John McLean, who died this week (April 4) in 1861, was—by his early 40s—one of the most important people in America. In fact, he oversaw what was, in the 1820s, the federal government’s largest, most extensive and arguably most important responsibility.
McLean was postmaster general. He was in charge of establishing post offices across America to deliver the mail to citizens increasingly hungry for news and information, but—unlike today—with very limited choices in how they received it. Indeed, the post office was America’s only national communications system and the postal department had more employees than the other federal bureaucracies combined. By 1830 there were 8,000 post offices in America, most established in response to the thousands of petitions to Congress from towns and villages wanting their own post office. That made McLean, who was postmaster general under presidents James Monroe and John Quincy Adams, a very powerful person. So powerful, in fact, that he seriously thought of running for president himself.
This postal growth reflected the fact that America in the mid-18th Century was undergoing a communications revolution. More people were literate and more and more newspapers were springing up to serve them, meaning the general public was becoming better educated and better informed, two national goals the federal government was only too happy to encourage. As a result, McLean’s postal department charged lower postal rates to deliver printed material, such as newspapers, than it charged for hand-written letters, and technological advances in printing also fostered this print communications boom. By the late 1820s New York City alone had 160 newspapers, including the nation’s only newspaper for African-Americans.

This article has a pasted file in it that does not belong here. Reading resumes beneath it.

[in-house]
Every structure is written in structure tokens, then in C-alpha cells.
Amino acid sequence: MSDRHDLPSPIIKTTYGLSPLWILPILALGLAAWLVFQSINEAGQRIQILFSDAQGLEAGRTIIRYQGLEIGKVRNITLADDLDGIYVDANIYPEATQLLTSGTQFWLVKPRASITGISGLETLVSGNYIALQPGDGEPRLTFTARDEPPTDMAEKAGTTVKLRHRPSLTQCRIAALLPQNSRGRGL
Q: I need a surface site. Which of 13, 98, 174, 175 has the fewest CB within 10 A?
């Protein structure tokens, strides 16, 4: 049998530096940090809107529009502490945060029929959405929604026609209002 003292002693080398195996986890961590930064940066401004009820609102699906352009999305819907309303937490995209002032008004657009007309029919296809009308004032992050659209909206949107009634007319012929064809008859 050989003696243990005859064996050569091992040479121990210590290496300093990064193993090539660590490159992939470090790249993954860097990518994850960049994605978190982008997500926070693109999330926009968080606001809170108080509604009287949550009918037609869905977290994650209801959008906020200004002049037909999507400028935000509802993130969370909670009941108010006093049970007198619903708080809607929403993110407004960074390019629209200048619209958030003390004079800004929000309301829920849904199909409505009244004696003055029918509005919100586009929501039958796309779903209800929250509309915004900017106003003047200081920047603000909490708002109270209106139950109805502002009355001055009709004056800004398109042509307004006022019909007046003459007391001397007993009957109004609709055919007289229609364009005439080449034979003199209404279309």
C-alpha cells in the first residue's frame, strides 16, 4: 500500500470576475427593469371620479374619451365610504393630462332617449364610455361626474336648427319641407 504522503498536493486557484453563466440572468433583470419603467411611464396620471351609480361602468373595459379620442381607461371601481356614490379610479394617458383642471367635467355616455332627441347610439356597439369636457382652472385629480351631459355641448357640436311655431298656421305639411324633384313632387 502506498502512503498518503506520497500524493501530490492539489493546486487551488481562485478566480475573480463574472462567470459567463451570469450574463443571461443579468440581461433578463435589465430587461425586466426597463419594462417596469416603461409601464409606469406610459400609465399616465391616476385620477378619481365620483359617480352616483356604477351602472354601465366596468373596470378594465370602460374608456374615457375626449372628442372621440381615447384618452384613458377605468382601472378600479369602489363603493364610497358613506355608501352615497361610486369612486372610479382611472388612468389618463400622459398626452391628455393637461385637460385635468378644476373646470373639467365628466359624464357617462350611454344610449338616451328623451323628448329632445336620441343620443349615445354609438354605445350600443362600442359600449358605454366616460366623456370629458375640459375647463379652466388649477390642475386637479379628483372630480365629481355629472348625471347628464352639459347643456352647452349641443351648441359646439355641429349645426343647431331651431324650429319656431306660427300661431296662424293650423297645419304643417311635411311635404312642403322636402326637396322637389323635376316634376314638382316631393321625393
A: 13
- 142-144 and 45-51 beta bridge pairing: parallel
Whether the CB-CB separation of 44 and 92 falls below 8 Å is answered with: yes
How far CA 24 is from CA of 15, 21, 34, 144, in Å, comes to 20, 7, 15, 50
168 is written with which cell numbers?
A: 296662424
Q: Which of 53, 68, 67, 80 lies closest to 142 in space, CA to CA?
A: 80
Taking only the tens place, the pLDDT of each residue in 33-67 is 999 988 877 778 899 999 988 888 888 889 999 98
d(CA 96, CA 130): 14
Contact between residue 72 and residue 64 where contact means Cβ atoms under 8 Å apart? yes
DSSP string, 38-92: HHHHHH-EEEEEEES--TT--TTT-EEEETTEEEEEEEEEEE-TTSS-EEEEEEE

In addition, as the nation’s only national communications system, the postal department was a major incentive toward improving the nation’s transportation system. McLean badgered both Congress and local authorities to improve the nation’s roads because the stage coaches that carried passengers also carried the mail. Steam boat lines depended on contracts to carry the mail, as did the railroads when they became prevalent, and the competition to earn postal contracts among both steam boats and railroads spurred even further technological improvements.
Interestingly, another reason for the local post office’s popularity was the federal government’s mandate that it be open seven days a week, making it the one business open on the Sabbath. And since most post offices also sold goods to the public, including alcohol, on Sundays they were often the most popular social club in town.
This infuriated both church and abolitionist groups whose members mounted a nationwide public relations campaign to revoke that post office loophole. And what was the most effective way to conduct that PR campaign? By mailing printed flyers via the post office.